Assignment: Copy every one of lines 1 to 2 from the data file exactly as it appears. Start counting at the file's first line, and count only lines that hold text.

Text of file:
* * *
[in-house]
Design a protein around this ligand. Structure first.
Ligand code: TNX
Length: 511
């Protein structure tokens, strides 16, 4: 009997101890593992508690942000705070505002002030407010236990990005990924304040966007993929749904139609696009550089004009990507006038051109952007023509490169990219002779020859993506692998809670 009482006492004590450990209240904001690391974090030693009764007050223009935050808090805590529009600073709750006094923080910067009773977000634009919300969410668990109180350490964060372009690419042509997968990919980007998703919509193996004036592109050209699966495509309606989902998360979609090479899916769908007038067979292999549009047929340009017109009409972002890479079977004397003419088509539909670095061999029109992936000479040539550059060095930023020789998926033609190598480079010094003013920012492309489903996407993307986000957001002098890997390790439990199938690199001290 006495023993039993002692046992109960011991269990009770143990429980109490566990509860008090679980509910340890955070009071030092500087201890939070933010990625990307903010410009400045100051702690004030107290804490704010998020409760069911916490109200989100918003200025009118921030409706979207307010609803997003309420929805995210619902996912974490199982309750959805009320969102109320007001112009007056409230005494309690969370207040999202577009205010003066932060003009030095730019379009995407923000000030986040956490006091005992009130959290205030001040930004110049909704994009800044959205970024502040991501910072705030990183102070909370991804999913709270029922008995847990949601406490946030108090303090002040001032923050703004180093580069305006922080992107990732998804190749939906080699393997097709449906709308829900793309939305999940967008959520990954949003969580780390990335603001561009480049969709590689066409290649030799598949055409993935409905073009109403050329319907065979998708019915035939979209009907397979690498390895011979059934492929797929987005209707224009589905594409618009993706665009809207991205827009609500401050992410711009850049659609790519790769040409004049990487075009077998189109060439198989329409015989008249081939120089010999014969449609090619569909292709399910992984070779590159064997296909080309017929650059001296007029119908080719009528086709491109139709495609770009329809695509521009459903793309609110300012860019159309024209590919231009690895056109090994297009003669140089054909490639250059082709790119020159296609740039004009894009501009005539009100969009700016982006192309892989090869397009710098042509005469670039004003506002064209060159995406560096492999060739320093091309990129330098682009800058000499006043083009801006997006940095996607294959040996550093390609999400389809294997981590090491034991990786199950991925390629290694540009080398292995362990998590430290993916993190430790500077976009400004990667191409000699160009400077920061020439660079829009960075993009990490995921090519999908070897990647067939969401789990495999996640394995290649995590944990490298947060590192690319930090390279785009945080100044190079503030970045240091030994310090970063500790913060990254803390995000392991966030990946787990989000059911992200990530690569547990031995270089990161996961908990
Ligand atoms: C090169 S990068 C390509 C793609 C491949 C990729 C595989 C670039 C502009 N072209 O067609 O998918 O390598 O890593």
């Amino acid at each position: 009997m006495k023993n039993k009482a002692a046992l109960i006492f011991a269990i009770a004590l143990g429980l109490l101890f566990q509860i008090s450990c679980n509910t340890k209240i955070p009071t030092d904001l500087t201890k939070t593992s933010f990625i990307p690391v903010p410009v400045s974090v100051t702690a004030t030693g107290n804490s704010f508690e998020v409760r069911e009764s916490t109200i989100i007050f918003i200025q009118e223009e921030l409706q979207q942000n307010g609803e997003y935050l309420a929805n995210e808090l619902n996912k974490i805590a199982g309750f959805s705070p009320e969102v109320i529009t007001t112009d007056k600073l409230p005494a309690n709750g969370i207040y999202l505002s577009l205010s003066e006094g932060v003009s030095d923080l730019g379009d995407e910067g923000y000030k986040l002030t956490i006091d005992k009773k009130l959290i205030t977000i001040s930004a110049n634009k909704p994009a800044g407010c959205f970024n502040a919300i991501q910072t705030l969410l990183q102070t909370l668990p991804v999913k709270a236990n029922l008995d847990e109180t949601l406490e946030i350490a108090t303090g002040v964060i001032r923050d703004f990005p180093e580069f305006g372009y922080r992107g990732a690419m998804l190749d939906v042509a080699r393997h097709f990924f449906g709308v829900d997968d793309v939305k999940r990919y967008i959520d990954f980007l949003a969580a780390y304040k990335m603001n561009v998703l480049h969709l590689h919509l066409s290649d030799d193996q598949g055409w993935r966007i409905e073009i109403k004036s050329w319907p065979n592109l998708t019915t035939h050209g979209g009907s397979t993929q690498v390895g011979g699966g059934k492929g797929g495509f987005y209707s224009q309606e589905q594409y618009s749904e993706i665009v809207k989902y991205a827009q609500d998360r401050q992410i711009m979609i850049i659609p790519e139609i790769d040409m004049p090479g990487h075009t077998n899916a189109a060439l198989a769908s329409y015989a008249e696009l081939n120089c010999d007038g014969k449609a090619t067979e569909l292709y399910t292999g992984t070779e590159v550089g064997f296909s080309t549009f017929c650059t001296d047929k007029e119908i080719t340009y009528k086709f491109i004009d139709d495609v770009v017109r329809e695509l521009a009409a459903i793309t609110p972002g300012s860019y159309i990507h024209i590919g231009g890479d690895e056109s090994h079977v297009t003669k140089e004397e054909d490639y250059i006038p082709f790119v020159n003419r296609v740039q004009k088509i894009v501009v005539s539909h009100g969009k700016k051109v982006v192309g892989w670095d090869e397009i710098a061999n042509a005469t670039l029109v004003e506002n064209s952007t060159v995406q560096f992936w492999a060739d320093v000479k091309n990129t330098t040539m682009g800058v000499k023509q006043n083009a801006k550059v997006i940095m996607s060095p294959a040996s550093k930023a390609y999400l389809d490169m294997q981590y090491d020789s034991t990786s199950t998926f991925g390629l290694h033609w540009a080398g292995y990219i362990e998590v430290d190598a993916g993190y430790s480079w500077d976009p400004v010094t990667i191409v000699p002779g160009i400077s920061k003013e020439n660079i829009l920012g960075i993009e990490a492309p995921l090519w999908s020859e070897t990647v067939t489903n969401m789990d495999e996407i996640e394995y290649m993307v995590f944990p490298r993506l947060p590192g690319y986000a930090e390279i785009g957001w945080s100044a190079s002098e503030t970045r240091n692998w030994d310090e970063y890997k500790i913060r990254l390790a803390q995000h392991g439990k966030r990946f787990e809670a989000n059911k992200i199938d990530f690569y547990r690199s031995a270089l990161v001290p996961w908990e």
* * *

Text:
[in-house]
Design a protein around this ligand. Structure first.